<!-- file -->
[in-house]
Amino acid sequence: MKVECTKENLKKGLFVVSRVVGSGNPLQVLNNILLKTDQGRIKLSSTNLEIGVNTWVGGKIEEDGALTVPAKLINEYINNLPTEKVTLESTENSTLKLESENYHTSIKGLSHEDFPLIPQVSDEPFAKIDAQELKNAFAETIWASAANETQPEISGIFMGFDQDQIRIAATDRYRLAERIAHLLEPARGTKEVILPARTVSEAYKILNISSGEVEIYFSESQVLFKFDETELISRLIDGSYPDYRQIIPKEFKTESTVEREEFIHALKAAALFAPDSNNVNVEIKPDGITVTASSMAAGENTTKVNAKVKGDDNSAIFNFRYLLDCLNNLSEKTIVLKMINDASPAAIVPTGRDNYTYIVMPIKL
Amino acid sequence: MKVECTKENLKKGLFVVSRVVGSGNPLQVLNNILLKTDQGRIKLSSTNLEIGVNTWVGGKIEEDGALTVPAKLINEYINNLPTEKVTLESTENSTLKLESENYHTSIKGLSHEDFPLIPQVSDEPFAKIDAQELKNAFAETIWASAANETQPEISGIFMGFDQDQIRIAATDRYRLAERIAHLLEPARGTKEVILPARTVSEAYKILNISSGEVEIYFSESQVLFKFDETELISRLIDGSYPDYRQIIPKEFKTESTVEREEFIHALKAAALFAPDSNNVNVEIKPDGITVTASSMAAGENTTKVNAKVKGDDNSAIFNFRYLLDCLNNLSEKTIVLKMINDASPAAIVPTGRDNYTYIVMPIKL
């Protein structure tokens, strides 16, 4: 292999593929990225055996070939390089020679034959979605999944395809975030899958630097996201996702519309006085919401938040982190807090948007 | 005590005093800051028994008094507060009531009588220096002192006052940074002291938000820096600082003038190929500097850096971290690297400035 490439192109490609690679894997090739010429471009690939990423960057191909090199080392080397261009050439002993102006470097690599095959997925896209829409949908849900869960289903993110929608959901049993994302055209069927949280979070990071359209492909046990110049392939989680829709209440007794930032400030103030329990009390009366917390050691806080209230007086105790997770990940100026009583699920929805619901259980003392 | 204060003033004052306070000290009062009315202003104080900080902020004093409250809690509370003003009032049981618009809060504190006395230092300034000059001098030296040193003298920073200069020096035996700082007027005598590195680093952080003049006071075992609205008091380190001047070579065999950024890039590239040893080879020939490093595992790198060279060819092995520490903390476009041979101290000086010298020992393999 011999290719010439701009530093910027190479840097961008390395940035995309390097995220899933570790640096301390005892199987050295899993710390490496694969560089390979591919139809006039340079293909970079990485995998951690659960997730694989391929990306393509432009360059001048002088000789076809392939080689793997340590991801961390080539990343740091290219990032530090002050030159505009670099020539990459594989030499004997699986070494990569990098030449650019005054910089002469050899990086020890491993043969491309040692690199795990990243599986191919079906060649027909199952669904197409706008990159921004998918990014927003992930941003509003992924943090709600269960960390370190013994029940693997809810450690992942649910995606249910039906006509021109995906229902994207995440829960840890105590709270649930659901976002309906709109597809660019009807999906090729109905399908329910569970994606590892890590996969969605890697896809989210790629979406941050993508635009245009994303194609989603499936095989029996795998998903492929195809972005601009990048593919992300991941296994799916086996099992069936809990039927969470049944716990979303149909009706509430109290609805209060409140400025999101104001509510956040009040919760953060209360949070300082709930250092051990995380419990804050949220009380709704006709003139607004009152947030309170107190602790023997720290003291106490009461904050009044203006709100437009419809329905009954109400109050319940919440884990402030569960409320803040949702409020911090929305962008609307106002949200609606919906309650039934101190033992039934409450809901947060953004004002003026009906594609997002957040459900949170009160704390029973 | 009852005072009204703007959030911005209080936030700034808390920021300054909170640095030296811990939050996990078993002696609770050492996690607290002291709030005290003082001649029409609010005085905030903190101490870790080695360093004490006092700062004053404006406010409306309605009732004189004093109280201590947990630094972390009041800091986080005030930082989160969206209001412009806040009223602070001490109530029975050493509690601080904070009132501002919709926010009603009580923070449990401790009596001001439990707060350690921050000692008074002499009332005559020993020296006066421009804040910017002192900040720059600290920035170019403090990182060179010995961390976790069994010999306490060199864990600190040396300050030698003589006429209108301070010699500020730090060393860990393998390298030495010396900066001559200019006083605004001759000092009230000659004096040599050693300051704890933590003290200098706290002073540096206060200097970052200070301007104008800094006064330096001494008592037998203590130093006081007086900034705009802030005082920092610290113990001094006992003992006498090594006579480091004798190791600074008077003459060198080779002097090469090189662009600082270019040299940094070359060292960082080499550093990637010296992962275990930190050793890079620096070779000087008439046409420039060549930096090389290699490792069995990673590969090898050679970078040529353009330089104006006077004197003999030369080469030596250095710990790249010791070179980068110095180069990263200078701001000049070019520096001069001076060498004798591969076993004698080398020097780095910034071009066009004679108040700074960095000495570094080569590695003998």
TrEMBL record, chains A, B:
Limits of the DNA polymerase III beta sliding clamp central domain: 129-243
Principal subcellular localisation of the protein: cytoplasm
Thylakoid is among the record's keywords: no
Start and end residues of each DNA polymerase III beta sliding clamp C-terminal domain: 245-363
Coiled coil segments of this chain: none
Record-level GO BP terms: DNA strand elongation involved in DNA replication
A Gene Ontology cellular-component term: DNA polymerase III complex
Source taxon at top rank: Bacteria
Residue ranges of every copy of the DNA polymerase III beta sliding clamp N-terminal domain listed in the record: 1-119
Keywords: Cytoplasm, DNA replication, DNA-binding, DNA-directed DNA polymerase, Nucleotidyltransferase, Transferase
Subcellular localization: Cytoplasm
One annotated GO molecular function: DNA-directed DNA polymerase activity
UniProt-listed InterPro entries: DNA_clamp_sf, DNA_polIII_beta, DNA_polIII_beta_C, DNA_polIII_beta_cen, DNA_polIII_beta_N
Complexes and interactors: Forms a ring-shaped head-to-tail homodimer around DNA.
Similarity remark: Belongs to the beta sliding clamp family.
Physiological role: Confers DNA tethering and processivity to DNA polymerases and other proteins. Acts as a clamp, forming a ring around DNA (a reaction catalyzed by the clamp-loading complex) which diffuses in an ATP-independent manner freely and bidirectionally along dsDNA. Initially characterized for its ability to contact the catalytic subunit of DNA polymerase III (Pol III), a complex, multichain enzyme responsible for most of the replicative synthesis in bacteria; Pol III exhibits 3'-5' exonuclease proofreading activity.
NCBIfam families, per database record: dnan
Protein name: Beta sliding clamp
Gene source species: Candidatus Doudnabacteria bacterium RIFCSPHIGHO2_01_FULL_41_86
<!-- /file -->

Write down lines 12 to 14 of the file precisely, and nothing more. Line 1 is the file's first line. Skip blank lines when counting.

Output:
A Gene Ontology cellular-component term: DNA polymerase III complex
Source taxon at top rank: Bacteria
Residue ranges of every copy of the DNA polymerase III beta sliding clamp N-terminal domain listed in the record: 1-119